I just wanted to announce that the twice monthly Brainblogging carnival is out and excellent as always, moving beyond the neuroscience into more personal psychosocial side of the brain. It seems I am becoming a something of a regular contributor there, which is both flattering and humbling. Many thanks.

Also this weekend is time for the semiannual conference of the Church of Jesus Christ of Latter-Day Saints, something of a spiritual feast for myself as we Mormons get to hear from those we hold to be living prophets and apostles proclaim God’s message to us today. Any interested are welcome to listen in. I have also found it is sometimes interesting to get other’s reactions at the LDS Bloggernaccle various open threads found here, here, here, and here.

Here is the remaining best of the web in what has been a very, very interesting week, especially for you, the reader.

Regarding the mind-

At the Reality of Anxiety, Aimee reports on how avoiding our fears makes them bigger, in my experience, while counterintuitive and against everything your body is screaming at you to do, this is all too true.

Vaughan at Mind Hacks laments the passing of Joseph Wiezenbaum, creator of Eliza, the psychotherapy computer program, arguing his point about computers and intelligence was misunderstood, and that emotion is the most important part of human intelligence.

Having an awesome week, I go again to Vaughan and Mind Hacks, where he presents a perplexing puzzle, Can you be deluded that you are mentally ill? Either you are deluded and therefore not mentally ill, or you are mentally ill and therefore not deluded, or wait, now I’m confused. It’s a psychological conundrum.

Regarding the soul-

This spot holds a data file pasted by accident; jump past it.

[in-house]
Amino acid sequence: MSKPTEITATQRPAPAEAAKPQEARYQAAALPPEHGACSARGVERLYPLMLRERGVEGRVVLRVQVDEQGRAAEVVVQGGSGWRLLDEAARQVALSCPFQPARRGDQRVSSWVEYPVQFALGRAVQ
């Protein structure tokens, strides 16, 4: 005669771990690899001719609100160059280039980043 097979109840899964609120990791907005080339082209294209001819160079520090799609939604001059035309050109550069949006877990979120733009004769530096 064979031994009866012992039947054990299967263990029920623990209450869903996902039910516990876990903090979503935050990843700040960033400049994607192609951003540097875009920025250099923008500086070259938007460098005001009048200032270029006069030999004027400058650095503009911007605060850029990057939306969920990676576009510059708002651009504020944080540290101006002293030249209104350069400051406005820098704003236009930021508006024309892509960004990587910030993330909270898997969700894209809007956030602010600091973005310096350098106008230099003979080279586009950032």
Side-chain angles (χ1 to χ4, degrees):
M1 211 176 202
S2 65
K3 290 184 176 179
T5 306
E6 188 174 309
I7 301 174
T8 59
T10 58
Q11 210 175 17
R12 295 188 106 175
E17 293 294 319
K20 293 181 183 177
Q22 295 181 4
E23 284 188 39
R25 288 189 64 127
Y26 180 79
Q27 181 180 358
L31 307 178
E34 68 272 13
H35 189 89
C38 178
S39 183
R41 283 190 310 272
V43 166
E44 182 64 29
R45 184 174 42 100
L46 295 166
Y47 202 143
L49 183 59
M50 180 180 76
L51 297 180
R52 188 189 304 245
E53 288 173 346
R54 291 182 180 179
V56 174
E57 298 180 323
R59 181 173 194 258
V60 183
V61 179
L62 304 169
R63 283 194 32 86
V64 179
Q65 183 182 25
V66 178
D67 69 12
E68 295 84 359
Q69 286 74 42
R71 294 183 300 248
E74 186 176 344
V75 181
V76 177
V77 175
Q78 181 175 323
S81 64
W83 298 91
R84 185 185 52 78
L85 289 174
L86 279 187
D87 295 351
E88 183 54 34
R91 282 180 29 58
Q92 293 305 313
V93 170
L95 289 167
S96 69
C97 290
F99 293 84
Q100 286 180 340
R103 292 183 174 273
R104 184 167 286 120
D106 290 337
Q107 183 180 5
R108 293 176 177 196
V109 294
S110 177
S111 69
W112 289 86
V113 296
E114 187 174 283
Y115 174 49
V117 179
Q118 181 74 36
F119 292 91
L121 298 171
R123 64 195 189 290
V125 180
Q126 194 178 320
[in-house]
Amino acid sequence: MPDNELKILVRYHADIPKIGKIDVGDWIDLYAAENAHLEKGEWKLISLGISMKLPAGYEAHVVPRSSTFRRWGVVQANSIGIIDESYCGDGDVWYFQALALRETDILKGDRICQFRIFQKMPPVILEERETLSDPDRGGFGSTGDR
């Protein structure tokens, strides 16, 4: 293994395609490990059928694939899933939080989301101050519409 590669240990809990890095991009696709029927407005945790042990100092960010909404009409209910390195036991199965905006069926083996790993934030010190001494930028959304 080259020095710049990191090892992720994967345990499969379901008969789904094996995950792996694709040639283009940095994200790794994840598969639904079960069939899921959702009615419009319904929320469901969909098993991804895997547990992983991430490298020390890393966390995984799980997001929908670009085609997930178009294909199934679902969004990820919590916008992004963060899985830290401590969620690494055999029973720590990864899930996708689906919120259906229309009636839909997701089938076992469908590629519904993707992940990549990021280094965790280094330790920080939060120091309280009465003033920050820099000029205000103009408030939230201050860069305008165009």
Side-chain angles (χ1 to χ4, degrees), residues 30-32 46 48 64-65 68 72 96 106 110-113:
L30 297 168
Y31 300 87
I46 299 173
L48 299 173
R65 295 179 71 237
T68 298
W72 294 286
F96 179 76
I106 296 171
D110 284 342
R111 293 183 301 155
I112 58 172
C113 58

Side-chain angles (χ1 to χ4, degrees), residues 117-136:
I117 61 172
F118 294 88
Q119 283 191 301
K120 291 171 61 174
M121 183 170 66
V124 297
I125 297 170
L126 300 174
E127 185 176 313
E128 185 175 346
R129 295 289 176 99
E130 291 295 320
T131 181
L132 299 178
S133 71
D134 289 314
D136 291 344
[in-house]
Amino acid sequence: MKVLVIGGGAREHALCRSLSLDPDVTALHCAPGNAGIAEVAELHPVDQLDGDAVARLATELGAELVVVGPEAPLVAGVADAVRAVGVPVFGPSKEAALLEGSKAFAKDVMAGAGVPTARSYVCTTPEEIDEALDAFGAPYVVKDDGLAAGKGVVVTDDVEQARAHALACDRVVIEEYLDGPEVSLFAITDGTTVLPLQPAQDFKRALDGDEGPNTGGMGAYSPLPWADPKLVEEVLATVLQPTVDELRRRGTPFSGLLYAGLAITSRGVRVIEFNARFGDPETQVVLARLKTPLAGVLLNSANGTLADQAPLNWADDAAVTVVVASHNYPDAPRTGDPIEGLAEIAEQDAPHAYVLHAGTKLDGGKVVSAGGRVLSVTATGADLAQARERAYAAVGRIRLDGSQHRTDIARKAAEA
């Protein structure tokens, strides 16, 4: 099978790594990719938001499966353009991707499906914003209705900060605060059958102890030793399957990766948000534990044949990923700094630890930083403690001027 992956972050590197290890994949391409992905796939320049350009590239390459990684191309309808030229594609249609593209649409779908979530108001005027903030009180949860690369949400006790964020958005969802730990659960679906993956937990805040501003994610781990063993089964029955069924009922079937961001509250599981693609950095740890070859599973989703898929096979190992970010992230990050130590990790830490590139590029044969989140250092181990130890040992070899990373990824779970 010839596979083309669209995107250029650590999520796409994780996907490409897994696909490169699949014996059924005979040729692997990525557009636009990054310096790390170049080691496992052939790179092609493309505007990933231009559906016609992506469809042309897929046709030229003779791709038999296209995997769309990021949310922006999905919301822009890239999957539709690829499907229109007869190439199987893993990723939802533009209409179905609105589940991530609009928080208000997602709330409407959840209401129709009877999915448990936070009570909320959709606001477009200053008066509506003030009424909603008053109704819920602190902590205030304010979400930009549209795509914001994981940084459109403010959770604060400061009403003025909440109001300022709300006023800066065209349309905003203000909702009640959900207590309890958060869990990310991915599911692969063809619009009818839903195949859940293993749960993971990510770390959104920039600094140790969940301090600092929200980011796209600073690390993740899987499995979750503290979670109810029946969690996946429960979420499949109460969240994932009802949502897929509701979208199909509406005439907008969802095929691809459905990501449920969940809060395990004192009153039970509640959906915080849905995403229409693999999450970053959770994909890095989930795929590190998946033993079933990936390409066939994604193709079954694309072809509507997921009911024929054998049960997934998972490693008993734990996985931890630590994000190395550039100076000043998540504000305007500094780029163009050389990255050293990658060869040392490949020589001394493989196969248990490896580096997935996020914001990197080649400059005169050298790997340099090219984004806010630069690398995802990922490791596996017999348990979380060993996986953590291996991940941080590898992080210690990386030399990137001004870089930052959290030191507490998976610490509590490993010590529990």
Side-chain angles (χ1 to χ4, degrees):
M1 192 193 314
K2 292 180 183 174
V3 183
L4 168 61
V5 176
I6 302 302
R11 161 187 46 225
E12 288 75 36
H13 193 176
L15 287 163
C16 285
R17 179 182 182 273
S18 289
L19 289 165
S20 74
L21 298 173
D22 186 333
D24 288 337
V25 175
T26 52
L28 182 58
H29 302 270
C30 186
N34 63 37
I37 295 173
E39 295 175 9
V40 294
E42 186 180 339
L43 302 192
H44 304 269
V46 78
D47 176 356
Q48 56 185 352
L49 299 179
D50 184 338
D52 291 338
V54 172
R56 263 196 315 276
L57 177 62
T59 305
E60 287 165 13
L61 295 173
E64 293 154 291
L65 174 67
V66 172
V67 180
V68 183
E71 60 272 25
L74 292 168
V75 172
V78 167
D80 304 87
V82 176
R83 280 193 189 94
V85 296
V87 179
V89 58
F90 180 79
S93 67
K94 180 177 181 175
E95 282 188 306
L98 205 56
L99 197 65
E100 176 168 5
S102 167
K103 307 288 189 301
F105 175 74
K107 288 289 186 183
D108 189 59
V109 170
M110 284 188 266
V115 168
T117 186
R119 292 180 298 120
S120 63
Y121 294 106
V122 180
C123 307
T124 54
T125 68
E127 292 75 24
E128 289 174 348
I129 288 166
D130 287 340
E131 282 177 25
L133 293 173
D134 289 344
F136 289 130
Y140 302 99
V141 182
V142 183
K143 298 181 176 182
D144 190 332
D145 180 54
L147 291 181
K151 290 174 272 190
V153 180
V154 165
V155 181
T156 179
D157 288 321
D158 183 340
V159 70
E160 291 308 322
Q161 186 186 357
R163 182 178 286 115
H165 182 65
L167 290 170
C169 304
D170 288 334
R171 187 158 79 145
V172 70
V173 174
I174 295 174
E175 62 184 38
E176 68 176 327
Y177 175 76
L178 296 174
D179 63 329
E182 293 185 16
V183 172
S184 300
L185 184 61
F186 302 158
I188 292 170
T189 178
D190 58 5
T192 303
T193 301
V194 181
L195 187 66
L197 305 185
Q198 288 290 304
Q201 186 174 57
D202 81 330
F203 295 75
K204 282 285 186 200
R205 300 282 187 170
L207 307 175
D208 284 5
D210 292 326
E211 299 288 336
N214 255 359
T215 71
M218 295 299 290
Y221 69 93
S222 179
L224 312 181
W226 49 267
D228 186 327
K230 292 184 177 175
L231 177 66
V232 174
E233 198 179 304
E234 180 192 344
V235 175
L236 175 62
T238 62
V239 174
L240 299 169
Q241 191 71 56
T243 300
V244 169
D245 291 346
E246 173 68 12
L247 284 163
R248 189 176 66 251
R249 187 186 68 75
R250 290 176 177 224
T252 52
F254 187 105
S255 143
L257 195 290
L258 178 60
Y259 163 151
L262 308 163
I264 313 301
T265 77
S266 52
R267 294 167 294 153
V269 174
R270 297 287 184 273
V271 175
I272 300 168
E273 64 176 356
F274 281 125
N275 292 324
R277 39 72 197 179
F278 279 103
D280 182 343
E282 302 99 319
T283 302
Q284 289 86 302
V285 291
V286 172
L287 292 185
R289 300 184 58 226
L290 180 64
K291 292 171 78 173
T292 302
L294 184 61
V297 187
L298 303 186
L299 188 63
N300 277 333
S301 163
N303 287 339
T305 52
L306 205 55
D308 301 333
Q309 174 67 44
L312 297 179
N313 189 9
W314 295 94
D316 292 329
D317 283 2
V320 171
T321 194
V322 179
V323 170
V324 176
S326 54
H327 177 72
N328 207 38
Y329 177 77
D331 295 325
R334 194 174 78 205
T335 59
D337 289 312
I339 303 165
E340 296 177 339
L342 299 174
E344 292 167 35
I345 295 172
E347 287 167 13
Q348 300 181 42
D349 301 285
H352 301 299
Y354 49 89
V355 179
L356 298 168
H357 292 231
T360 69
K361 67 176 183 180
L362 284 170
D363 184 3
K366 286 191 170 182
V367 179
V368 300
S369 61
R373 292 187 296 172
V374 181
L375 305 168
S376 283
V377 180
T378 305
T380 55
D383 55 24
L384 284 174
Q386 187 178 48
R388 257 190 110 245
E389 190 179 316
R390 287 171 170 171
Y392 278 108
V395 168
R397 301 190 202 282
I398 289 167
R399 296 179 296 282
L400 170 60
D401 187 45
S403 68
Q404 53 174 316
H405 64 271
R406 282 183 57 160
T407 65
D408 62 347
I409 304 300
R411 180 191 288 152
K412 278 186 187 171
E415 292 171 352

Peter Brown at Mormon Matters has a highly informative and educational post about the history of consecration in Mormonism. This is seriously some of the best writing I’ve seen on the subject, in one concise post.

At Grace for Grace, a fresh take on the gift on tongues, learning to speak with the tongue of angels starting with positive mental outlook with some great tips..

At Fruitful faith, Dale has an excellent discussion of Faith and influence. I would say he has an excellent grasp on the what Christianity was and should be.

Regarding the body-

At Brass and Ivory, a Multiple Sclerosis Blog, I learned a new reason to loathe healthcare as an industry, Biogenerics and their nonexistence.

At NOEdb,(Nursing online education database), There is a very nice list of fifty small habits that will lead to healthier living, less medical care, longer life, and all that good stuff.

Wouldn’t it be ever so cool if we could take a drug by mouth that then proceeded to go directly where it was needed and only then be activated, reducing any undesirable extra side effects. Medgadget has a fascinating report on just such a technology.

Or all the above-

Candice at Thinking in a Marrow Bone has a fascinating post tying together Mayan weaving, childbirth, pain, creation, and narrative. Very good stuff.

At Unacceptable, Andrea Peacock describes the experience that first got her determined to do something about improving global health. It was simply reading that diarrhea is a leading cause of child mortality in the third world.

NY Emergency medicine has a harrowing tale that will make your hairs stand on end, as he relays the story of a patient trying to die on him, the fear it was totally his fault, and the abuse piled on by his supervisor even in the clear. This is residency at its most frightening.

Just because I liked it-

Dr. Dov Michaeli at the Doctor weighs in articulates the power of looking into old discoveries to discover something new in the case of two old drugs, DEET and Aspirin.

With many thanks to Madness:Tales of an Emergency room, I discovered this video of a comedian who hilariously relates the rather odd way in which we try to make pain a vital sign, the lunacy of pain scales.